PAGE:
A whirlwind of digging holes and planting trees.
We did the research.
- Holes should be dug twice as wide and as deep as the root ball.
- Broken and damaged roots should be removed.
- Fan roots out in the hole, placing the top-most root slightly below the soil line.
- Hold or stake tree straight while filling, break up soil
- Water and tamp soil down with foot or shovel.
- No fertilizing until fall
We rented the equipment.
We recruited the helpers.
Then we started.
Step One – Inventory
When I started to inventory our shipment, I expected to have a few extra trees. In all, we had 20 extra trees.
- Ten American Red Bud
- Five Antonovka Apple
- Five Polish 10 Apple
- Ten Crabapple
- Ten Cherry
- Ten Chestnut
- Twenty Paw Paw (10 extra)
- Twenty Persimmon (10 extra)
- Ten Pecan
- One magnolia (free)
Step Two – Planning
Before we could start planting, we had to plan where each type of tree would go.
To maximize solar exposure, shorter trees should be planted south and taller trees should be planted north.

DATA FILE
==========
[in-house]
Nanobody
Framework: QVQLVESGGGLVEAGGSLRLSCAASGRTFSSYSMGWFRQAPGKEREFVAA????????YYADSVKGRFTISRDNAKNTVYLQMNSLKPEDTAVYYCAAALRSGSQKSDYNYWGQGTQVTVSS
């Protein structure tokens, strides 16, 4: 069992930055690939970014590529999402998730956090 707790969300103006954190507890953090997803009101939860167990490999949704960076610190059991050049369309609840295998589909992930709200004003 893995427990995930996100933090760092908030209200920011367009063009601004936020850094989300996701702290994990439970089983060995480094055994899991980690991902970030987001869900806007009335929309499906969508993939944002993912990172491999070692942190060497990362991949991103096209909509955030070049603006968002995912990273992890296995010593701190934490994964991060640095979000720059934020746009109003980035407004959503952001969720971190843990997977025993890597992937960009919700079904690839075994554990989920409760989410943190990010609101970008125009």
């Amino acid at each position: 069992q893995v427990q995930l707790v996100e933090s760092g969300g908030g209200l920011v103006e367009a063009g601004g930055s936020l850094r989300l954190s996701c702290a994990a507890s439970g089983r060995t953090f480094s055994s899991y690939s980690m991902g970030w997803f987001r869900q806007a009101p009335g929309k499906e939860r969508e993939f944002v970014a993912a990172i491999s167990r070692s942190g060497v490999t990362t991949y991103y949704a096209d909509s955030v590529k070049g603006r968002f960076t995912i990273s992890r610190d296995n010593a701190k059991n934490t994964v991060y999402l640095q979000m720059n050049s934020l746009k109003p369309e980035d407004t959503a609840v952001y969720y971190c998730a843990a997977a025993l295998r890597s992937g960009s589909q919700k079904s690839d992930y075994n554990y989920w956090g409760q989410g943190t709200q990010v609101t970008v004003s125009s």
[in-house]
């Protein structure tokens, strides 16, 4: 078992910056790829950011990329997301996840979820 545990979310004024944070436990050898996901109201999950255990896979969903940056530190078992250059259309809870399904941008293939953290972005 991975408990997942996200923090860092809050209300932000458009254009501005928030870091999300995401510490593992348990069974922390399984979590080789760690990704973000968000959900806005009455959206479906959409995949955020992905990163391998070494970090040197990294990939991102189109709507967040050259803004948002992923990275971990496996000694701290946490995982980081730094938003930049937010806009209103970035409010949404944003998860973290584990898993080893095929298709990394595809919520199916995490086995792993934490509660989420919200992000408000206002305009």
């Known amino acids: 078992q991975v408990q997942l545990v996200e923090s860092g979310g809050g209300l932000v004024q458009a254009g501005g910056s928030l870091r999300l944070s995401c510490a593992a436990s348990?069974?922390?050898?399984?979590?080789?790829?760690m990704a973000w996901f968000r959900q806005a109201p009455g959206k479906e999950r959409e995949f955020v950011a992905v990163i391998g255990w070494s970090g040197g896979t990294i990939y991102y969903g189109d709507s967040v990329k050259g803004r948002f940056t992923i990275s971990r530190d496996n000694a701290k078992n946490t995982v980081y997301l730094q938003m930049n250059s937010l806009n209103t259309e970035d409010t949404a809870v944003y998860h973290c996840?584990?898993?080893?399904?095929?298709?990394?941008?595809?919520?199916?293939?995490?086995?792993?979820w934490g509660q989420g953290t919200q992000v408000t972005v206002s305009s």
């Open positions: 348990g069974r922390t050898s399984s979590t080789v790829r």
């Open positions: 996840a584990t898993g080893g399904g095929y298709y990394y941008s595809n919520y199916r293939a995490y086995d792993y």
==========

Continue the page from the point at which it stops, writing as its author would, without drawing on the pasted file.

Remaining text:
- American Red Bud – 20-30′ tall
- Apple – 12-16′ tall
- Cherry – 12-15′ tall
- Chestnut – 20-40′ tall
- Paw Paw – 15-25 ‘ tall
- Crabapple – 10-25′ tall
- Persimmon – 15-20′ tall
- Pecan – 60-80′ tall
The canopy of the tree mirrors the root system, so it was important for us to determine spacing. We don’t want to stunt growth or crowd out any of our trees.
We ended up spacing the fruit trees around 10′ apart and the pecan and chestnut trees around 20′ apart. We did plant a few closer together as we do not expect that all 75 trees will make it.
Step Three – Digging
There was no way we were going to dig 100 holes by hand. Especially when we had a perfectly good Bobcat at our disposal. So we rented an auger, and in just under 3 hours, Ray had drilled the holes.
Step Four – Planting and Mapping
With 8 different varieties, I was determined to get an accurate map recorded.
To ensure that happened, I made a map with a number key for each variety. Then, I walked around and placed a tree in each hole, recording what I planted.
Step Five – Watering
Normally, we would have had to water each tree, but since it was going to rain later in the evening and all day Sunday…we opted to let Mother Nature take care of it for us.
Today the trees look rather scraggly and delicate. The root systems are fragile and the ‘trunk’ could snap with little effort.
One day…many years from now…this will be a lush, green and edible woods.
Digging and planting
Tree after tree after tree